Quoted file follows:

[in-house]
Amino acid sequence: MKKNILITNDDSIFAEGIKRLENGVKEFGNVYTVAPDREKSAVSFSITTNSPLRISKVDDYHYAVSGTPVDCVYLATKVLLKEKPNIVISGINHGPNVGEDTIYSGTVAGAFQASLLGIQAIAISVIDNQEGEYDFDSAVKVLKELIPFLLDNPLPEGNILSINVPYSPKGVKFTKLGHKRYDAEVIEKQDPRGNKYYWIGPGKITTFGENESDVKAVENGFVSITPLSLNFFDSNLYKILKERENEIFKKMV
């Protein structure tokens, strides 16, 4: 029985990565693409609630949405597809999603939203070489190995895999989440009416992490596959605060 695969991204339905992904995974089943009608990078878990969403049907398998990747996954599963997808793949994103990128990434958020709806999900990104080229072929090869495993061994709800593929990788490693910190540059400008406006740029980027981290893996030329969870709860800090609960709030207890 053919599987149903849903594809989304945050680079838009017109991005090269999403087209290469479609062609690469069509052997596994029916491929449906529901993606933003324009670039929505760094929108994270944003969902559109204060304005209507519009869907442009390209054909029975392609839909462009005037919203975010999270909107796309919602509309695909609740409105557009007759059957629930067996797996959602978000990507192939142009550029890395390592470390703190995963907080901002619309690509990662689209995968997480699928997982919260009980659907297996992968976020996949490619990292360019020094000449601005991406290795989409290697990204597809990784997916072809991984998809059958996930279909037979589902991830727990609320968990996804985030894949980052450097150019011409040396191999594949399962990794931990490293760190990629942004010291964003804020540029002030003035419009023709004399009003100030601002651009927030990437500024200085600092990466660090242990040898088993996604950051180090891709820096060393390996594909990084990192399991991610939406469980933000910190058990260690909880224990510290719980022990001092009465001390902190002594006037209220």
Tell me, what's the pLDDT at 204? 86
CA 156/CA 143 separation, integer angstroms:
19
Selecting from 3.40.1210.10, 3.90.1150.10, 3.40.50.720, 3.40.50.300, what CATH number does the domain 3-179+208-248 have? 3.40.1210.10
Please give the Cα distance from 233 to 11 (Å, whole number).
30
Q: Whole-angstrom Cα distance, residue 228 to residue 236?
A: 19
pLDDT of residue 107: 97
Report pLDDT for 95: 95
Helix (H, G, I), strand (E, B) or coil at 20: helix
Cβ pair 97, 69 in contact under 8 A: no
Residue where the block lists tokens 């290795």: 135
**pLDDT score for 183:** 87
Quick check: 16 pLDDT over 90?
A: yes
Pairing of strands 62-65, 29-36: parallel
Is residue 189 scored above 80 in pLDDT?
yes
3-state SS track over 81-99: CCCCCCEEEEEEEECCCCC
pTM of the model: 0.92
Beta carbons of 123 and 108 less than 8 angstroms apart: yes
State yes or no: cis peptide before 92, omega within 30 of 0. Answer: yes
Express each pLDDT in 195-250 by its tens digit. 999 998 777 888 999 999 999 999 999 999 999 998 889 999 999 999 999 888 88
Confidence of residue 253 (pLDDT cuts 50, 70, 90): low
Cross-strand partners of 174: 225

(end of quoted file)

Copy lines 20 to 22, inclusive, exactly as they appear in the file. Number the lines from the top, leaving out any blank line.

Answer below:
Pairing of strands 62-65, 29-36: parallel
Is residue 189 scored above 80 in pLDDT?
yes